Manuscripts should be submitted online at www.mdpi.com by registering and logging in to this website. Once you are registered, click here to go to the submission form. Manuscripts can be submitted until the deadline. All papers will be peer-reviewed. Accepted papers will be published continuously in the journal (as soon as accepted) and will be listed together on the special issue website. Research articles, review articles as well as short communications are invited. For planned papers, a title and short abstract (about 100 words) can be sent to the Editorial Office for announcement on this website.

Submitted manuscripts should not have been published previously, nor be under consideration for publication elsewhere (except conference proceedings papers). All manuscripts are thoroughly refereed through a single-blind peer-review process. A guide for authors and other relevant information for submission of manuscripts is available on the Instructions for Authors page. Remote Sensing is an international peer-reviewed open access semimonthly journal published by MDPI.

Please visit the Instructions for Authors page before submitting a manuscript. The Article Processing Charge (APC) for publication in this open access journal is 2400 CHF (Swiss Francs). Submitted papers should be well formatted and use good English. Authors may use MDPI's English editing service prior to publication or during author revisions.

Keywords

  • UAV photogrammetry
  • Environmental mapping and monitoring
  • Environmental applications
  • Georeferencing
  • Environmental research
  • Natural hazards
  • Natural heritage
  • 4D modelling
  • Change detection

Published Papers (5 papers)

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Research

Article
Comparing 3D Point Cloud Data from Laser Scanning and Digital Aerial Photogrammetry for Height Estimation of Small Trees and Other Vegetation in a Boreal–Alpine Ecotone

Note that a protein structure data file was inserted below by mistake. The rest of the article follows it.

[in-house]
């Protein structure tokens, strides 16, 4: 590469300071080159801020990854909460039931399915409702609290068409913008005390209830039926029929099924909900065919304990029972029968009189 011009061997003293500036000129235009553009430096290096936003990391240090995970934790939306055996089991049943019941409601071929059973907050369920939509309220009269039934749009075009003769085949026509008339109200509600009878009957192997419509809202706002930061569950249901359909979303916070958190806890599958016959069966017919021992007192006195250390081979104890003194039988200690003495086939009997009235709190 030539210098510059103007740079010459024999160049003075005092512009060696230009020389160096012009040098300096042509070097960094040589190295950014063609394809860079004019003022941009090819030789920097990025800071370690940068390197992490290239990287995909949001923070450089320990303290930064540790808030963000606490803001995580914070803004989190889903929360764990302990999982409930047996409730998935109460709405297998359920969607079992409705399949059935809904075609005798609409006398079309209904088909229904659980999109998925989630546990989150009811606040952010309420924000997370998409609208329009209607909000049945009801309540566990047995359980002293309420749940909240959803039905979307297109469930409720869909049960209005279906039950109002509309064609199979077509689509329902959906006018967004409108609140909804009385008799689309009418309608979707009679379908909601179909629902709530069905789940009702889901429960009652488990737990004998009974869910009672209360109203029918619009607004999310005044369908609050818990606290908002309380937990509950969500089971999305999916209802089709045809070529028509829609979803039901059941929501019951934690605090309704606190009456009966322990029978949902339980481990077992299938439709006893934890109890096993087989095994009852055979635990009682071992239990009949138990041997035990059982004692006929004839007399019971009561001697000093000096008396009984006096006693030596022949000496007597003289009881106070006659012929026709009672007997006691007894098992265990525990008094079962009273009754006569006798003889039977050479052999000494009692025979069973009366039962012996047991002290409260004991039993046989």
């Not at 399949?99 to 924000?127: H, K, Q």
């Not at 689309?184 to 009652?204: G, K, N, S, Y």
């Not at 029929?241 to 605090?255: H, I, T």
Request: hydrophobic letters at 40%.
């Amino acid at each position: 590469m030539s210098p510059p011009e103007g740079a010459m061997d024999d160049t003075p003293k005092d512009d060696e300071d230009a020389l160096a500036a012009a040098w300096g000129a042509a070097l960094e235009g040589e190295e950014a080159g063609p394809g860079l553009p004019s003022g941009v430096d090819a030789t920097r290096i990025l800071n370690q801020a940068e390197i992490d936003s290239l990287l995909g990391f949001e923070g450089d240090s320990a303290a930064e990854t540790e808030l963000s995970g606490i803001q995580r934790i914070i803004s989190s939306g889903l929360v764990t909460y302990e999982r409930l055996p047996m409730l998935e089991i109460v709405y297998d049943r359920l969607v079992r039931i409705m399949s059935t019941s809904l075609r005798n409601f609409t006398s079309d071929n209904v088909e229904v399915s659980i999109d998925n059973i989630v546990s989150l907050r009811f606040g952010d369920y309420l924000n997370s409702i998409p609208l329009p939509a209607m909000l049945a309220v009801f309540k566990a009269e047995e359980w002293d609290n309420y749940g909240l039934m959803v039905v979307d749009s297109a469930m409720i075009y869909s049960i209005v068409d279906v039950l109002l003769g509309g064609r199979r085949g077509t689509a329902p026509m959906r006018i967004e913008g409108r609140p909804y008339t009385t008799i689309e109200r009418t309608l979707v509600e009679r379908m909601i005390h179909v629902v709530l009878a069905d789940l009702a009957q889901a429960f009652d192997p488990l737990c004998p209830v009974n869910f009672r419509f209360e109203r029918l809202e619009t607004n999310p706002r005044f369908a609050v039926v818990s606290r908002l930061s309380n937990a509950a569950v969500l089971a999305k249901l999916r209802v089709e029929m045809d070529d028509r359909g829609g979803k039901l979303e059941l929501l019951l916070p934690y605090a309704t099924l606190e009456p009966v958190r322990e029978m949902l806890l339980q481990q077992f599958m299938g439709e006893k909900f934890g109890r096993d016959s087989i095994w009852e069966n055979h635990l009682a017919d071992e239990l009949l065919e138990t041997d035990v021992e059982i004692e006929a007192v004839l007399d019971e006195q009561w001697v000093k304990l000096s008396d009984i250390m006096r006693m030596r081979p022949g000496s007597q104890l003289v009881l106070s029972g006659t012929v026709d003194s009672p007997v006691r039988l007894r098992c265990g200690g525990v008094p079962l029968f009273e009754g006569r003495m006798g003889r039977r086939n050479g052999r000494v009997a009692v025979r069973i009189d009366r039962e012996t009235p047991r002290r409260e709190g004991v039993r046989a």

Remote Sens. 2021, 13(13), 2469; https://doi.org/10.3390/rs13132469 - 24 Jun 2021
Viewed by 369
Abstract
Changes in vegetation height in the boreal-alpine ecotone are expected over the coming decades due to climate change. Previous studies have shown that subtle changes in vegetation height (<0.2 m) can be estimated with great precision over short time periods (~5 yrs) for [...] Read more.
Changes in vegetation height in the boreal-alpine ecotone are expected over the coming decades due to climate change. Previous studies have shown that subtle changes in vegetation height (<0.2 m) can be estimated with great precision over short time periods (~5 yrs) for small spatial units (~1 ha) utilizing bi-temporal airborne laser scanning (ALS) data, which is promising for operation vegetation monitoring. However, ALS data may not always be available for multi-temporal analysis and other tree-dimensional (3D) data such as those produced by digital aerial photogrammetry (DAP) using imagery acquired from aircrafts and unmanned aerial systems (UAS) may add flexibility to an operational monitoring program. There is little existing evidence on the performance of DAP for height estimation of alpine pioneer trees and vegetation in the boreal-alpine ecotone. The current study assessed and compared the performance of 3D data extracted from ALS and from UAS DAP for prediction of tree height of small pioneer trees and evaluated how tree size and tree species affected the predictive ability of data from the two 3D data sources. Further, precision of vegetation height estimates (trees and other vegetation) across a 12 ha study area using 3D data from ALS and from UAS DAP were compared. Major findings showed smaller regression model residuals for vegetation height when using ALS data and that small and solitary trees tended to be smoothed out in DAP data. Surprisingly, the overall vegetation height estimates using ALS (0.64 m) and DAP data (0.76 m), respectively, differed significantly, despite the use of the same ground observations for model calibration. It was concluded that more in-depth understanding of the behavior of DAP algorithms for small scattered trees and low ground vegetation in the boreal-alpine ecotone is needed as even small systematic effects of a particular technology on height estimates may compromise the validity of a monitoring system since change processes encountered in the boreal-alpine ecotone often are subtle and slow. Full article